Sunday, October 14, 2012

Meagan's Report for September

Here is an update from my niece, Meagan, from the Namwianga Mission in Zambia. There were accompanying pictures but I was not able to access them for my blog. Meagan is on her second long-term tour of duty working with the abandoned and orphaned babies in rural Africa. I'll try to keep you updated with her marvelous work!   

September 2012
Greetings from Kalomo, Zambia! I pray that you all are well and enjoying some relief from the heat. Seasons are opposite here, so winter is winding down and the temperatures are slowly climbing. I can’t believe it’s been over a month since I’ve been back at Namwianga. In ways, it feels like I have been here forever, like I never left at all. In other ways, I feel like the time has just flown by me! I traveled here with a dear friend, Jana Miller, and we spent the first week or so just trying to get my house back in order! There was plenty of unpacking, rearranging, cleaning, and decorating to do, and she helped so much. It was also a time of visiting and renewing friendships with people around the mission. I also had to get reacquainted with Kalomo, the town nearest to Namwianga. So much has changed in the two years I’ve been in America, so I had to find the newest places to shop and do business. After the first week, Jana and I traveled to Lusaka, Zambia’s capital city to pick up my new truck. While there we also purchased some items to get my house set up and ate at the new KFC on our way out of town! It’s not exactly the same, but it’s pretty close!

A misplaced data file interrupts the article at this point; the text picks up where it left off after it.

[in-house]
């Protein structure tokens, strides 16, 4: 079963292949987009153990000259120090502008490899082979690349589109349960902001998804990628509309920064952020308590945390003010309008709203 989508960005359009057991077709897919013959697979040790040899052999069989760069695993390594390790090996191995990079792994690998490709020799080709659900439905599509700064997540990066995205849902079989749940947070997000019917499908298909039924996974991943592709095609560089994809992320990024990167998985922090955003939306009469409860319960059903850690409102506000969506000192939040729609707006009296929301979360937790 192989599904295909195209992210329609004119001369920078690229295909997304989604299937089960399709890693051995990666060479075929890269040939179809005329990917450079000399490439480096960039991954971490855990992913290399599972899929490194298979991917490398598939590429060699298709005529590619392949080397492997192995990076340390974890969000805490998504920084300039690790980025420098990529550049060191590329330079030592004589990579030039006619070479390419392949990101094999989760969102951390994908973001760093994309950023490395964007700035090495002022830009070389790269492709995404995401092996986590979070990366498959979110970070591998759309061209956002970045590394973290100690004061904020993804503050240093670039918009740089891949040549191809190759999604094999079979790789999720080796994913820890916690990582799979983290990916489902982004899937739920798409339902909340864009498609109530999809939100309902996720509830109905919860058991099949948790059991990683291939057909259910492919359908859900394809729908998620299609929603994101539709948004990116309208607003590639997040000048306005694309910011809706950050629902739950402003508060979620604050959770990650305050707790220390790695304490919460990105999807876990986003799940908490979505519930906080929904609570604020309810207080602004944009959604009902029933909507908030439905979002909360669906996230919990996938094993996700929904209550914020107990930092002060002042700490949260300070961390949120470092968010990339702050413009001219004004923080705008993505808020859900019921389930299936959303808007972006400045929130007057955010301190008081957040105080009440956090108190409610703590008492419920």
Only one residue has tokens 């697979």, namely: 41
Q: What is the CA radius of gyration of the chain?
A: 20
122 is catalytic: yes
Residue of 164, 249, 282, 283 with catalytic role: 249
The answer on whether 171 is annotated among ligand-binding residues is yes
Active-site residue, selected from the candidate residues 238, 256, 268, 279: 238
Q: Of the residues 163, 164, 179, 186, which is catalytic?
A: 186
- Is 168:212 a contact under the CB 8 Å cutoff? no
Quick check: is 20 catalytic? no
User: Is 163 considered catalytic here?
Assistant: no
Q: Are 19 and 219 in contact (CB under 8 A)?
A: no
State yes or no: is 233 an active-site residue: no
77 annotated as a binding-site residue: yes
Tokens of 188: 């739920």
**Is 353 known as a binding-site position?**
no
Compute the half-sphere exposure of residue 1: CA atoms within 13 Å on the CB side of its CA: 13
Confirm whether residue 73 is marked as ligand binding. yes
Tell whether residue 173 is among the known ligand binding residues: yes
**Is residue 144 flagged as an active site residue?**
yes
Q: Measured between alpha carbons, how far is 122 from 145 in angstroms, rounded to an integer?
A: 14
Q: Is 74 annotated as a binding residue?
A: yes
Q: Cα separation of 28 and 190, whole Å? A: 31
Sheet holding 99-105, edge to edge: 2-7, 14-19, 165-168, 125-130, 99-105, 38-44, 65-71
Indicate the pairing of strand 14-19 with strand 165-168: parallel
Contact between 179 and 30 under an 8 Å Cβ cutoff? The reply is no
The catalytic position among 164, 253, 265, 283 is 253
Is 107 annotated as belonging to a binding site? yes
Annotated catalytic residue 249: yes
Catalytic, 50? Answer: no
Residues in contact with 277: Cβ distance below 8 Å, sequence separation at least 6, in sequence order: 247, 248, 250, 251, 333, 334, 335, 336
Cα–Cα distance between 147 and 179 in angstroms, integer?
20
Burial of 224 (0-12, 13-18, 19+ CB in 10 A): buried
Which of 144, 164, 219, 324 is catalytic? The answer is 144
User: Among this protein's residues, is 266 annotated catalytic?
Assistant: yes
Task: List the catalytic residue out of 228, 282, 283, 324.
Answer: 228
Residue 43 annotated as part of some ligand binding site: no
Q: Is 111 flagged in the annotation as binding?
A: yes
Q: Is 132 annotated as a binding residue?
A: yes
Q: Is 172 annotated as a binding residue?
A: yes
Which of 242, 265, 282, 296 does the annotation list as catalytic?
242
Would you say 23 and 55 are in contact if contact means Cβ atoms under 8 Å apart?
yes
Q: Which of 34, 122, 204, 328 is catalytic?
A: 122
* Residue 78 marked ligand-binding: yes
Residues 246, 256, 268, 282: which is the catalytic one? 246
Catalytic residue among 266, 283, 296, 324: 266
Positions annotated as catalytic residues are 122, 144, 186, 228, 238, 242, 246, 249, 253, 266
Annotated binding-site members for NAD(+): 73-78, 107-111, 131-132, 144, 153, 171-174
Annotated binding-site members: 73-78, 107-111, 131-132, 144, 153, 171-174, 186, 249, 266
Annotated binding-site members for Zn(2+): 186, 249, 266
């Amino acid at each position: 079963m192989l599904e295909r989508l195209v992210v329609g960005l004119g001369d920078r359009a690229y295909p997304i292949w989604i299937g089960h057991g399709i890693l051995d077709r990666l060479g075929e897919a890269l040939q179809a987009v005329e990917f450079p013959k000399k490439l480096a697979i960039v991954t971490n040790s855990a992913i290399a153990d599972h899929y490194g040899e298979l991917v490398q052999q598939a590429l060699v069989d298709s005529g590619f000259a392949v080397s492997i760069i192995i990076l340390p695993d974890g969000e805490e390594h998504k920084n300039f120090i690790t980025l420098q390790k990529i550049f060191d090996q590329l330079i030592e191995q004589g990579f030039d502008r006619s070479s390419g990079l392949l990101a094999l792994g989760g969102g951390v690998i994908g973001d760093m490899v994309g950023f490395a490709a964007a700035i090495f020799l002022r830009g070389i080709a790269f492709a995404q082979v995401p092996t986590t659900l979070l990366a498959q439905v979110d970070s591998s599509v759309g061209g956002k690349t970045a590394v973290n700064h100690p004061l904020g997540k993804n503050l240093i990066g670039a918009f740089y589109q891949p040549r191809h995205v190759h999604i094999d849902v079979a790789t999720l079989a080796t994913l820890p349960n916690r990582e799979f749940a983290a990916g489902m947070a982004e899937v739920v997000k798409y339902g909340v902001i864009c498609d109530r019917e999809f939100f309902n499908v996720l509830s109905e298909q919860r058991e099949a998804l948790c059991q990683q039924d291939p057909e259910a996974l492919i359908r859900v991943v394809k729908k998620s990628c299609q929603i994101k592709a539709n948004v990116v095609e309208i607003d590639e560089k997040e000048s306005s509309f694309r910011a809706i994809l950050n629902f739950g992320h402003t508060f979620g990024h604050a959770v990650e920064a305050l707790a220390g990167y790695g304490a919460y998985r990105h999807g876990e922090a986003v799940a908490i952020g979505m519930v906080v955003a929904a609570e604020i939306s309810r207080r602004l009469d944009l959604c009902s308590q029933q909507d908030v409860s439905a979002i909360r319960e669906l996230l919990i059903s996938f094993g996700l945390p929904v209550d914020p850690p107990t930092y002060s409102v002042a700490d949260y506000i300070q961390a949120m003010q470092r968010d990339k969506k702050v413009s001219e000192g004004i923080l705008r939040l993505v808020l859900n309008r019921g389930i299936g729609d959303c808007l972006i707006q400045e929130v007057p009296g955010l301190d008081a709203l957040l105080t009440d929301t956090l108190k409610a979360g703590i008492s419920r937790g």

Once I got established at home, life could really begin. There is an endless amount of work to be done and love to be shown, so jumping right back in was the only option! We currently have 79 babies, and they are all perfect to us. So far, all my days have looked so different. Most are filled with some combination of clinic visits, language class, holding, rocking, buying supplies, feeding, and playing. It’s rarely a dull day—in fact, I long for days when no one is sick and my entire day can be spent just playing with the kids and caring for their needs, both physical and emotional. But so far, that hasn’t been the case. Our sick ones have been keeping me on my toes, demanding the majority of my time and energy.

Helen is one of our little ones who struggles to thrive. She’s now started TB treatment after about a week long scare. Today, she is happy and smiling and SPOILED after all that one-on-one attention!
Owen has also made a big turnaround following the start of his TB medication, and we’re so grateful that he’s growing. His twin sister Olivia died a month ago, and we’re prayerful that he’s started treatment in enough time to become well again.

Jenson is about to turn one month old, and is in the middle of treatment for meningitis. She has been seizing and running high fevers, and she is now admitted in a nearby hospital for IV antibiotics and monitoring. It’s nice that she’s getting one and one from an auntie and being separated from the others, as meningitis can be highly contagious. She’s still having fevers, and she’s still losing weight. She’s down to less than 4 pounds. She needs prayers for a quick turnaround. She is also HIV exposed, and we’re hoping she’ll become stable enough to begin some treatment soon.